The citizens' views and issues guided the partners' election coverage through the fall and, when the election was over, the partners published a book. "Beyond the Ballot: Maine people on Maine's future," outlining the issues of greatest concern and proposed legislative solutions to problems, was sent to the governor, state legislature, local leaders and public libraries. The book also became a benchmark by which to assess state government, with follow-up reporting on the progress the governor and legislature were making in addressing the citizens' issues.
Jeannine A. Guttman (former Executive Editor, Portland Newspapers)
Editor and VP
Portland Press Herald
PO Box 1460
Portland, ME 04104
Phone: (207) 791-6310
Online Community Organizer
50 Monument Square
Portland, ME 04101
Phone: (207) 822-4072
Fax: (207) 879-1042
The Election Connection, Los Angeles, CA 1998
Orange County Register
Riverside Press Enterprise
KCRW-FM in Santa Monica
KPCC-FM in Pasadena
Orange County News Channel
The partners, who'd been working together since the 1996 "Voice of the Voter" project, called their third joint effort "The Election Connection" to emphasize the goal of helping voters feel connectedto the electoral process. The project began with a poll of 600 voters to determine which issues were their highest priorities. Reporters from each news organization then spoke with respondents for stories on the poll and on each issue. Coordinated coverage among all the partners began March 16, 1998 with an overview of poll results. Issues stories ran every two weeks through the June 2 primary.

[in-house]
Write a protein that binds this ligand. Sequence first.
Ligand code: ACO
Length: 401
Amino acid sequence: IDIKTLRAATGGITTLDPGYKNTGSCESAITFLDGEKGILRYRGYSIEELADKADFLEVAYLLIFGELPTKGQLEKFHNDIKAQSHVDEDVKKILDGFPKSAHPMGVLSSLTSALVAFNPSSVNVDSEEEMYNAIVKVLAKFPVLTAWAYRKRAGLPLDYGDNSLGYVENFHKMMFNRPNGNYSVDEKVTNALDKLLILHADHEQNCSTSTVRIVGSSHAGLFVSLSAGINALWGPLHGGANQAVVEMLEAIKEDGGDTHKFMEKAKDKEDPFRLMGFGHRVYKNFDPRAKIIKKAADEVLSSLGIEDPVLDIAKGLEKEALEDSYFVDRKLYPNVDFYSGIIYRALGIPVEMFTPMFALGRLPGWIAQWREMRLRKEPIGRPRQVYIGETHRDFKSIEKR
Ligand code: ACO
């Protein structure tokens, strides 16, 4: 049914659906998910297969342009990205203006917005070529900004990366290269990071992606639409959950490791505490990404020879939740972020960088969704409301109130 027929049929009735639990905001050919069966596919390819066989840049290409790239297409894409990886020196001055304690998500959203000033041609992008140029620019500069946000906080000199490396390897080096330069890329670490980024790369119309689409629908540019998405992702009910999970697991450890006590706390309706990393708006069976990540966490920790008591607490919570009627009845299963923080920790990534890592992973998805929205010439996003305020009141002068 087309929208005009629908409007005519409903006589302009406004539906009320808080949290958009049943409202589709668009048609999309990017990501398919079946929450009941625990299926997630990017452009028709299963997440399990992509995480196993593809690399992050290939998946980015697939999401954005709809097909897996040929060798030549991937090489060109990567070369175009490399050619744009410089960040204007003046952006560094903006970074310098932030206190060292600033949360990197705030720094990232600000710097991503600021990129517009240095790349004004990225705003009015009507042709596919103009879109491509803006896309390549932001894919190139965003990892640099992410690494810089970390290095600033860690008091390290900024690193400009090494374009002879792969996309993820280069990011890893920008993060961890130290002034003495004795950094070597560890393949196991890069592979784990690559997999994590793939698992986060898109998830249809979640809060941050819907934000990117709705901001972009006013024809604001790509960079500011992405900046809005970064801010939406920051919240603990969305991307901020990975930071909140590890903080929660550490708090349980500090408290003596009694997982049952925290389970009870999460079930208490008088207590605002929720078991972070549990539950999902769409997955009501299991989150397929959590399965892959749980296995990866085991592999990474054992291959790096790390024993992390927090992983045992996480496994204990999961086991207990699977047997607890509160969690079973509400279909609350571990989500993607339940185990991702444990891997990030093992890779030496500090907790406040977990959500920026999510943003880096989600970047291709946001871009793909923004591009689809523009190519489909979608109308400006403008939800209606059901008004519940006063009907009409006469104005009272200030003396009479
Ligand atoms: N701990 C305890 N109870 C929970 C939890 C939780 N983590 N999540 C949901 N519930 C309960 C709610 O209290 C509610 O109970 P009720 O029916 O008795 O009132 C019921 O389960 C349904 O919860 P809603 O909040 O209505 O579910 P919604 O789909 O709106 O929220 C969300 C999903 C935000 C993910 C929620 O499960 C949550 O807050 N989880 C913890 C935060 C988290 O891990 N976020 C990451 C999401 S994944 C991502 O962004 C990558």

The partners also coordinated coverage of the financing behind four major initiatives on the 1998 ballot. For example, their stories revealed that most of the support for a ballot measure that would restrict the use of union dues came from conservative groups outside the state. The measure was defeated. Opposition to another initiative, allowing gambling on Native American reservations, was largely financed by Nevada casino owners. That measure passed.